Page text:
How Deployments Taught Me About the Importance of Family Time with DAV
My husband has been home from his last deployment for almost three years now. He deployed 4 times to both Iraq and Afghanistan within 7 years. He left for the first time in 2006, returning at the end of 2007. He then deployed again in 2008, 2011 and 2013. He returned from what might have been his very last deployment in December of 2013.
Over the years since then, we have been able to get back to a more normal life. Although he has worked in civilian jobs where he has been away at times and he has his monthly guard duties, he has not been away for an extended amount of time since 2013. As a wife, I am very happy about this. As a mother, I am glad my boys don’t have to miss their father anymore.
During all our deployments, I learned a lot about myself. I learned how to be more patient, that the little things don’t matter quite as much and that family time is precious.
Family Time is Important
Now that deployments are in my past, I look at our time together as something we sometimes had to go without. Whether we are all just hanging out together at home, going to the park or the movies or out on a day trip, I never want to forget what it was like to not have that.
There were plenty of weekends where I sat in my house alone with little children while I watched friends and even family spend time together. There have been plenty of times I have turned down invitations and not been able to go places because it was too difficult to do as the only parent. My husband has missed anniversaries and all the other holidays at one point or another.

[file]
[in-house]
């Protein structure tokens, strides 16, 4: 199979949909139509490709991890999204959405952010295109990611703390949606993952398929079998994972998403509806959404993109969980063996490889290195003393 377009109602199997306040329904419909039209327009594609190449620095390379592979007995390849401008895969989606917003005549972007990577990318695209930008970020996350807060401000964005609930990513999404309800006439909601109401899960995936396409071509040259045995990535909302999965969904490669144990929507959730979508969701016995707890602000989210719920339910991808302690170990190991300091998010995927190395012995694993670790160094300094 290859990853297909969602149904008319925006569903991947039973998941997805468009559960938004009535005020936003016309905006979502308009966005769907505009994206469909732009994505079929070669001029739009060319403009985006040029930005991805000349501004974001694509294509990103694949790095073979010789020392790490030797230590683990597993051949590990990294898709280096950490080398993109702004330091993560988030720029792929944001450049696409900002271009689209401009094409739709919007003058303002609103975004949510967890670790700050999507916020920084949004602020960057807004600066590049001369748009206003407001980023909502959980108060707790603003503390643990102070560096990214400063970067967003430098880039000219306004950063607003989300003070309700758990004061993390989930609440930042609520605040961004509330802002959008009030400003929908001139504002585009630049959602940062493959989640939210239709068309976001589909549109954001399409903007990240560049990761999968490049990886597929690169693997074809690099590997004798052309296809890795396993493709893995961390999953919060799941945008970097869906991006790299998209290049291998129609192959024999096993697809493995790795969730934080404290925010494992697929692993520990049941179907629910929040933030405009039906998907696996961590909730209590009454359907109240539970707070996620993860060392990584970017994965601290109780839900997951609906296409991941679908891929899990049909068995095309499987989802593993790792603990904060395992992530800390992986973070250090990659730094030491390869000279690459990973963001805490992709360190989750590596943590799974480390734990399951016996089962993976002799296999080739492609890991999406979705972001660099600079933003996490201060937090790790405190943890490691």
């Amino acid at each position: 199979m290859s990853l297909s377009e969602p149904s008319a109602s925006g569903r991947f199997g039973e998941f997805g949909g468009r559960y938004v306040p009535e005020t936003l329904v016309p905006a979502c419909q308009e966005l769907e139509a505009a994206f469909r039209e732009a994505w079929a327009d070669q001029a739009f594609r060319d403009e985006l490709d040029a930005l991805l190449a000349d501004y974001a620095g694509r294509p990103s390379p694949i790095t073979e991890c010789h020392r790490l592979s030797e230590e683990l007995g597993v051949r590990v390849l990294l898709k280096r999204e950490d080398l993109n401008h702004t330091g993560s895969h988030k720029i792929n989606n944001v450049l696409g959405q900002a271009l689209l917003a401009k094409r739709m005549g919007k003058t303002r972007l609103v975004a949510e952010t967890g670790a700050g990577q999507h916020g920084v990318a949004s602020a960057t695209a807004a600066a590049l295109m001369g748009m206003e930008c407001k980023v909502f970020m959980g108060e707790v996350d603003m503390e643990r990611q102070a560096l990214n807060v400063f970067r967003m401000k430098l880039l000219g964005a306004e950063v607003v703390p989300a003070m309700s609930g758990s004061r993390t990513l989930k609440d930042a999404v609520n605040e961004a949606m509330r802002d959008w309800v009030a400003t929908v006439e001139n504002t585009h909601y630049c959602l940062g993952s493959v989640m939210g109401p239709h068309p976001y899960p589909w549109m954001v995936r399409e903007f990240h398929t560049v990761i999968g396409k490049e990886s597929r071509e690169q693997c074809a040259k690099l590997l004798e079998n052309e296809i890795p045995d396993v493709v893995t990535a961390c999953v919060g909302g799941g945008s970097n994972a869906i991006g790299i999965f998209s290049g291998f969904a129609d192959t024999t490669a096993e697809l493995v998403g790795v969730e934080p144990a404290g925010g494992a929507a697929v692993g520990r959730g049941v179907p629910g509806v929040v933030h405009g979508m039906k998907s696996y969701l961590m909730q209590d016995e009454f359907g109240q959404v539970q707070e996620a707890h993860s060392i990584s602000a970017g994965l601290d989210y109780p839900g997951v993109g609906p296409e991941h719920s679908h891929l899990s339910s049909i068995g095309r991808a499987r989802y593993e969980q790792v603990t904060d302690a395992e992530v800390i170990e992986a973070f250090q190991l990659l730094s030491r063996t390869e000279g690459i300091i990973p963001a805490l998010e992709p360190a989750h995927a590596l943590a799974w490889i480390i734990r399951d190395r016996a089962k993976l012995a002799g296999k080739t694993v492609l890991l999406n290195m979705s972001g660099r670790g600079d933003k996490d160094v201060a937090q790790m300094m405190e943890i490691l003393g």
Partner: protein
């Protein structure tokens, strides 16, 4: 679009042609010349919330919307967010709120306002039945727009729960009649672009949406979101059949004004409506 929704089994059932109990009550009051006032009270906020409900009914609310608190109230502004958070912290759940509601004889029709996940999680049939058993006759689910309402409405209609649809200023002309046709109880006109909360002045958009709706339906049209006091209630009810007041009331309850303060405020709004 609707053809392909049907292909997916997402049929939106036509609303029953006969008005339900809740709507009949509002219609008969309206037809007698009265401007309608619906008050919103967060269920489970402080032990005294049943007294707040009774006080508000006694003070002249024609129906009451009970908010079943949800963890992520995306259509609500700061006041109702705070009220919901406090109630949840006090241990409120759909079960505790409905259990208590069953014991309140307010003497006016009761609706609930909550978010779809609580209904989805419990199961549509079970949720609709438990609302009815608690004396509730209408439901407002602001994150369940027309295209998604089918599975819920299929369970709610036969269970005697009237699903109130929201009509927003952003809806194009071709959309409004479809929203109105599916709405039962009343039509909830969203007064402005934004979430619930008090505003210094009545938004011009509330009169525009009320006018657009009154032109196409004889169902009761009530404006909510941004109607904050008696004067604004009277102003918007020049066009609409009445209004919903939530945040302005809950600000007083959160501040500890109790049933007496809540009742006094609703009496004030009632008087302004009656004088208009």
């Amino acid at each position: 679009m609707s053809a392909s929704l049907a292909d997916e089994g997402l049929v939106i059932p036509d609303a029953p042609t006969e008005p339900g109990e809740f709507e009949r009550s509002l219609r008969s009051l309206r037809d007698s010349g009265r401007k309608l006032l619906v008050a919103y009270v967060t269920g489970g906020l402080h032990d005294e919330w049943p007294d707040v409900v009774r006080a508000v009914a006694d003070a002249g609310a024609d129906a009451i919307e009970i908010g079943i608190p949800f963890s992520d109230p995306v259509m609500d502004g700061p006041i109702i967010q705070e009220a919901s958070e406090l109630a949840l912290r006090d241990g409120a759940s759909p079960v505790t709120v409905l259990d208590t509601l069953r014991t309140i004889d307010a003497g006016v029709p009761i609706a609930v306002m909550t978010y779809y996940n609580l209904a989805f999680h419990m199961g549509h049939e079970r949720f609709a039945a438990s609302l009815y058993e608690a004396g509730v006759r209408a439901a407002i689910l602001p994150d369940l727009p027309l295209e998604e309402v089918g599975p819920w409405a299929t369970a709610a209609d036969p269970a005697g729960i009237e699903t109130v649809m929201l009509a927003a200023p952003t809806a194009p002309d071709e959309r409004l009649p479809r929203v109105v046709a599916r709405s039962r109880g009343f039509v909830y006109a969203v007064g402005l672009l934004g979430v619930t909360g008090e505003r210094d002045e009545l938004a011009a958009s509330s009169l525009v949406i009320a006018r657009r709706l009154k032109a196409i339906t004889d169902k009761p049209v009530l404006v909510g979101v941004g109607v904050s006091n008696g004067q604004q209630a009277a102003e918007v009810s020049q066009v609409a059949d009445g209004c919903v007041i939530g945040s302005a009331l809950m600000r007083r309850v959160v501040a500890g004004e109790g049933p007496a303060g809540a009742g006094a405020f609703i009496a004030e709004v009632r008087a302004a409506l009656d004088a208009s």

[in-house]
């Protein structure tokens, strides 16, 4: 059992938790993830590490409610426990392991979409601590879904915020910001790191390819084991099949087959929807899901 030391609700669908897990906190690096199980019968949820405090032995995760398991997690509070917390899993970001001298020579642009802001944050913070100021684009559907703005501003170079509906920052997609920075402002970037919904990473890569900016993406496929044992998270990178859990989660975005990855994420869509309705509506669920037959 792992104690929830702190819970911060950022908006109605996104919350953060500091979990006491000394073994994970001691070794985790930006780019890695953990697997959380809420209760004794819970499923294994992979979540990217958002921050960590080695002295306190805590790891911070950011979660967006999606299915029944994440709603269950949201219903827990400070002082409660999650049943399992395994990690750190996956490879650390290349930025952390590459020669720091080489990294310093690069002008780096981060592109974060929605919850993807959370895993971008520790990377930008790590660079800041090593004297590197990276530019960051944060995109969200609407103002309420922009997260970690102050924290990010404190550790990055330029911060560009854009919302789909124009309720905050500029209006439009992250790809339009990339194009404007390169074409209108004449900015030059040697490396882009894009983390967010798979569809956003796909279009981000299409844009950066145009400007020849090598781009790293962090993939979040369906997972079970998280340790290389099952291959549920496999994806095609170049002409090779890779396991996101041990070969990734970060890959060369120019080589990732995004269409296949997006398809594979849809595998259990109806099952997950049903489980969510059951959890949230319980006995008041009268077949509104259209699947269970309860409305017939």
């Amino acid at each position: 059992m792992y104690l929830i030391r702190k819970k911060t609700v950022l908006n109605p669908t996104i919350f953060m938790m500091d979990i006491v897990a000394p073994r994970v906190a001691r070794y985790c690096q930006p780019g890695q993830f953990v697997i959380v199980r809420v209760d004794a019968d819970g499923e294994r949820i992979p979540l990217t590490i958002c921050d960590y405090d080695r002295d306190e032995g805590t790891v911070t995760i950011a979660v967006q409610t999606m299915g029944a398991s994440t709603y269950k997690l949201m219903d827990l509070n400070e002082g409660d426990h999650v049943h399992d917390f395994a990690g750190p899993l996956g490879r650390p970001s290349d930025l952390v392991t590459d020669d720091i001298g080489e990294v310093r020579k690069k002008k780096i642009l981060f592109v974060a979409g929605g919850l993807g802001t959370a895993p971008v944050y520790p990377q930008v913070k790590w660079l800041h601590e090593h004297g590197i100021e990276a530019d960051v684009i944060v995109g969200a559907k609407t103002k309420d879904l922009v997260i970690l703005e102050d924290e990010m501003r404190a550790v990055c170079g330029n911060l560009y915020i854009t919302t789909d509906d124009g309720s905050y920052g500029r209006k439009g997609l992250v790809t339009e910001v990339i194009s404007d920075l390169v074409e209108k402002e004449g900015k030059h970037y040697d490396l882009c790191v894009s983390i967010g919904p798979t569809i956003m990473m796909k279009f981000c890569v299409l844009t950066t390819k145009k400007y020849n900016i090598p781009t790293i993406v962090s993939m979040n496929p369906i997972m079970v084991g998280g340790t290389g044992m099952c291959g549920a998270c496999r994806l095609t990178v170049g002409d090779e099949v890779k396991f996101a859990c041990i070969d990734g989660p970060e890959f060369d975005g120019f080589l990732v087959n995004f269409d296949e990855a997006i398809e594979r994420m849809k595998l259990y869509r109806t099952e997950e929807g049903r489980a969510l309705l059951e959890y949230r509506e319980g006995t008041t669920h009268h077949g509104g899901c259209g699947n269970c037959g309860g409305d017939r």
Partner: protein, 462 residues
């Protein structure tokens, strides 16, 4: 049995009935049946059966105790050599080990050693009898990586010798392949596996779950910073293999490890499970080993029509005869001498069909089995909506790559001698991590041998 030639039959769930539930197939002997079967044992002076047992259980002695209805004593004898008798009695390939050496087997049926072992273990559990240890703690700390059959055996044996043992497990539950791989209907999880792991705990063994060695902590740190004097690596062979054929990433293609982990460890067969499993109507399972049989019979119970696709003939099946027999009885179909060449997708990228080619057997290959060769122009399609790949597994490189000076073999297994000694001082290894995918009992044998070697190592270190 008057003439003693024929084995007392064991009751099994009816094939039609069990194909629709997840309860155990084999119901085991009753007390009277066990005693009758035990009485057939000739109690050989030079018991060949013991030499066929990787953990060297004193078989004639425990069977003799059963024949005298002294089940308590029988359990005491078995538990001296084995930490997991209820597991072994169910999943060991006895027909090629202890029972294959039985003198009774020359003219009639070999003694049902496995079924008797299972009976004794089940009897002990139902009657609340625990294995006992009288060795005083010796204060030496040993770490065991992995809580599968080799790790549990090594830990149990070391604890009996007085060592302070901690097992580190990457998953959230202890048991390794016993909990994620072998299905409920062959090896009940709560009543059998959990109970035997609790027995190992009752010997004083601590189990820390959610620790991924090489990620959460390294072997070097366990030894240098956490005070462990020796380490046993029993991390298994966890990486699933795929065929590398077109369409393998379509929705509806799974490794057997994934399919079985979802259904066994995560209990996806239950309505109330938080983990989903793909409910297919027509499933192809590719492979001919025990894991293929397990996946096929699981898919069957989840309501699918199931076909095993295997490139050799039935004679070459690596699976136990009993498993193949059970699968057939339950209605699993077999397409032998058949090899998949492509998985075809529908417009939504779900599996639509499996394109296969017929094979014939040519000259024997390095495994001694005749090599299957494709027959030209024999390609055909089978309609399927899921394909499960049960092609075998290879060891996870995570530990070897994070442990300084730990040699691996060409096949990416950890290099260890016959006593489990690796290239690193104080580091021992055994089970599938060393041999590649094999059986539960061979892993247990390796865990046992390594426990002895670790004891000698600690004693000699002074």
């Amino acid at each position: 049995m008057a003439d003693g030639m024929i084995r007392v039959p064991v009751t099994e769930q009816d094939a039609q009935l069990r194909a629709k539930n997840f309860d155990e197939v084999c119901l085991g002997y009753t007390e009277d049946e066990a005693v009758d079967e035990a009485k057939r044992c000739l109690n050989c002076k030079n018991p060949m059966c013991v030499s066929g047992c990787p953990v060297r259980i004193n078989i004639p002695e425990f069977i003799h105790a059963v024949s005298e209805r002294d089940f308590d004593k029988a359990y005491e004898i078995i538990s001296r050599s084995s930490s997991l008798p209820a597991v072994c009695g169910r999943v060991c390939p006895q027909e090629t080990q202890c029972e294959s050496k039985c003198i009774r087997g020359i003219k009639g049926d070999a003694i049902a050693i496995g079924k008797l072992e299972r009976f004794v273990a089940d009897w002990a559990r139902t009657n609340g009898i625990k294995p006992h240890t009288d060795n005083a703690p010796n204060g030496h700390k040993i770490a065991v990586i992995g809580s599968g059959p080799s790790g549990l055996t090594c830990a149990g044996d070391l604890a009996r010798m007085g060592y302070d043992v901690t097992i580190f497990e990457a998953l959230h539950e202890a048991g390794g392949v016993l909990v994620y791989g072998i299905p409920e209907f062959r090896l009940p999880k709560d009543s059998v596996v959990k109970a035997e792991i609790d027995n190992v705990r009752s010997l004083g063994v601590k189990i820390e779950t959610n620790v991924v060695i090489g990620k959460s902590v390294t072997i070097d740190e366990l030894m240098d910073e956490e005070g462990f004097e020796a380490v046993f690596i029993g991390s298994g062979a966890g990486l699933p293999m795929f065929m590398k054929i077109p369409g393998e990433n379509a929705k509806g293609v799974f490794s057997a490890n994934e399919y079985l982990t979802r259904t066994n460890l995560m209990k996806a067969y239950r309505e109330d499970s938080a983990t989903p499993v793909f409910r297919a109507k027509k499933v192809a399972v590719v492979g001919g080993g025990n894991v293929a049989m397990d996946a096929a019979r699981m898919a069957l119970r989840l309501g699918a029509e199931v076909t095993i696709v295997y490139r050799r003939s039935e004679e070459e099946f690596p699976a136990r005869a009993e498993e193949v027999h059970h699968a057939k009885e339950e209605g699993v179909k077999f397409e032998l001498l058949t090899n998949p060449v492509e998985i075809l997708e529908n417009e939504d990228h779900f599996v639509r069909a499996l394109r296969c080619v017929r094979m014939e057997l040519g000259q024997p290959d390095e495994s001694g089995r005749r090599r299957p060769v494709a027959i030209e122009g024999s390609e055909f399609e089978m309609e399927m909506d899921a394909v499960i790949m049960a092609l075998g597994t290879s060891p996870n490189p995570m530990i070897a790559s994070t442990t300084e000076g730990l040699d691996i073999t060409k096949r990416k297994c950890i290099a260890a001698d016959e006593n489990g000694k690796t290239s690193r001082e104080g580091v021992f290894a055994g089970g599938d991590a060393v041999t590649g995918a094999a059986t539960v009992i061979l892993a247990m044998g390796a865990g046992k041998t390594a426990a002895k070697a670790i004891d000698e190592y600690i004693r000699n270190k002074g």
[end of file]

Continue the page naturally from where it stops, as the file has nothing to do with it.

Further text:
These days, I try to plan for our family to do something together every weekend. We take advantage of what our community has to offer and enjoy going to parks and sometimes out to see a new movie. We took a lot of pool trips together this summer. We haven’t been able to travel too much lately but I’m hoping for a trip in the future that we can take together.
When you are able to spend that family time together on a regular basis, you are able to create memories with your children in a different way than when one of their parents is gone.
After four deployments, I am always aware of how special family time can be. I hope that I will never take advantage of being able to have my husband home with us on a regular basis. When he isn’t home, the days are just not the same. Deployments can be hard on a military spouse but I have learned that they can also help you become a better person with a different perspective on life.
DAV Victories for Veterans
America’s veterans achieve personal victories overcoming challenges great and small each and every day! DAV (Disabled American Veterans) is a nonprofit organization that is on a mission to help veterans succeed after military service and get the benefits they were promised.
Here is a little bit about what DAV is doing:
- Each year, DAV helps veterans file more than 300,000 claims for VA benefits and stays with them through every step of the process.
- DAV volunteers provide more than 700,000 rides each year to help veterans get to and from medical appointments at no cost to the veteran.
- With nearly 1.3 million members, DAV’s powerful voice ensures that veterans are heard at the local, state and Federal level.
- With nearly 1,300 chapters, DAV provides a national network of local support for veterans and their families.
Each year, they help more than one million veterans of all generations in life-changing ways. You can visit their website to learn more.
DAV (Disabled American Veterans) is a non-profit organization that is on a mission to help America’s veterans achieve more victories. To learn more about DAV, visit dav.org.
This is a sponsored conversation written by me on behalf of DAV. The opinions and text are all mine. While I am proud to support DAV and their mission, I have not been a beneficiary of DAV services.